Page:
Finlay Carson MSP quizzed engineers from Openreach about Scotland’s digital future during a drop-in session at the Scottish Parliament recently.
The Galloway and West Dumfries MSP heard about the work being done to upgrade the country’s broadband network and how politicians can help industry investors to speed up the build.
He also tried connecting tiny glass fibres used to transmit data at the speed of light and chatted to some of the 220 new apprentices taken on by Openreach in Scotland this year.
Finlay Carson MSP said: “Scotland’s at the start of a digital journey from old copper cables to full fibre technology, where the fibre doesn’t stop at the street cabinet but goes all the way to the home. It’s more resilient and future-proof as well as faster – with fibreoptic cables as thin as a hair able to deliver gigabit speeds.
“This drop-in was a great opportunity for me to learn what this will mean for my constituents in Galloway and West Dumfries.
“Having access to better connectivity will bring new opportunities for local people and be a real boost for the rural economy and I will continue to liaise closely with providers like Openreach to ensure this happens as soon as possible for our communities.”
According to thinkbroadband, the UK's largest independent broadband news and information site, nearly 94 per cent of Scots can currently access superfast broadband at 30Mbps+.
However, the focus is now shifting to ‘ultrafast’ full fibre, as the copper network reaches the end of its life. Openreach is the UK’s leading full fibre builder, with plans to reach four million homes by March 2021.
Work is already under way in Edinburgh, Greater Glasgow, West Lothian and Kilmarnock as part of its Fibre First programme. This week it was announced that Aberdeen, Ayr and Stanecastle (Irvine, North Ayrshire) will be next to benefit.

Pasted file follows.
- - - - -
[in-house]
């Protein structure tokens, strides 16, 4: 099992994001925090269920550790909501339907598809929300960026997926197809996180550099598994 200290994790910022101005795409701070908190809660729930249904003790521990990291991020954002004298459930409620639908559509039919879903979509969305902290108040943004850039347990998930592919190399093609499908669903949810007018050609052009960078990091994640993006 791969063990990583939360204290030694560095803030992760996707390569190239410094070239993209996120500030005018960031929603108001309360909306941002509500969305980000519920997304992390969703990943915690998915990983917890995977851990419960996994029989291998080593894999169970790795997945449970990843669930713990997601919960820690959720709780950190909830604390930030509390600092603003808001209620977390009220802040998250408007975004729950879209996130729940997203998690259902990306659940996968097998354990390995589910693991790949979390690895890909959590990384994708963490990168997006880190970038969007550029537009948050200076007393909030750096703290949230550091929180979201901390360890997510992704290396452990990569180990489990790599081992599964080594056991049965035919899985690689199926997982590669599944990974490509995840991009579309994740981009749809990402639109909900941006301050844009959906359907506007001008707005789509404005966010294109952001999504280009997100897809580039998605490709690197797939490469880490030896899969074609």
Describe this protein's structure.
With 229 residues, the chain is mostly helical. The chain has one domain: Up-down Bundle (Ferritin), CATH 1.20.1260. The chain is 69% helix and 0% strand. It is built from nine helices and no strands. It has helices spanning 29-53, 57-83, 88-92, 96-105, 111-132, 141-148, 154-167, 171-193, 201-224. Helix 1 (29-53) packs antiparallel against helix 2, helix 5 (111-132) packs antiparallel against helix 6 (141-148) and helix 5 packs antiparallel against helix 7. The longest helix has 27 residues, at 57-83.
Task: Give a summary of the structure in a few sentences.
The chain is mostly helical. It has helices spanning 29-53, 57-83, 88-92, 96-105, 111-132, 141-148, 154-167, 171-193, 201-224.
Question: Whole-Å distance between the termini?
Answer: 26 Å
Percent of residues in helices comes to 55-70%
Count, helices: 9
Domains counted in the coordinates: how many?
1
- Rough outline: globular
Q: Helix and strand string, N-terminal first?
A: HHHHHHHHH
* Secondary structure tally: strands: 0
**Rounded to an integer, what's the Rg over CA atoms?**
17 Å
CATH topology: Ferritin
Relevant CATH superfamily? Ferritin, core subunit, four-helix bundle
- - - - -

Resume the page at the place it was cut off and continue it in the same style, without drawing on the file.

The drop-in event was hosted by Brendan Dick, chair of the Openreach Board in Scotland, who said: “We can’t build a new full fibre network for Scotland without support from our public sector partners. It won’t be quick or easy, but action to reduce red tape and remove barriers will speed things up.
“The Scottish Government has already reduced the tax on fibre infrastructure but we also need to make street works and getting access to land and blocks of flats simpler and mandate full fibre for all new housing developments, which we think is a no-brainer.
“But this is not simply about putting wires into the ground. It’s about what full fibre technology can do for Scotland, helping to answer long term challenges like energy use, climate change and sustainable rural communities.”
Openreach is recruiting 220 trainees in Scotland this year, building on its biggest ever recruitment of 400 new engineers last year. They join its 3,200-strong Scottish workforce.
It has invested more than £500,000 in fibre training centres in Livingston and Dundee to make sure engineers have the right skills to deliver the new full fibre network.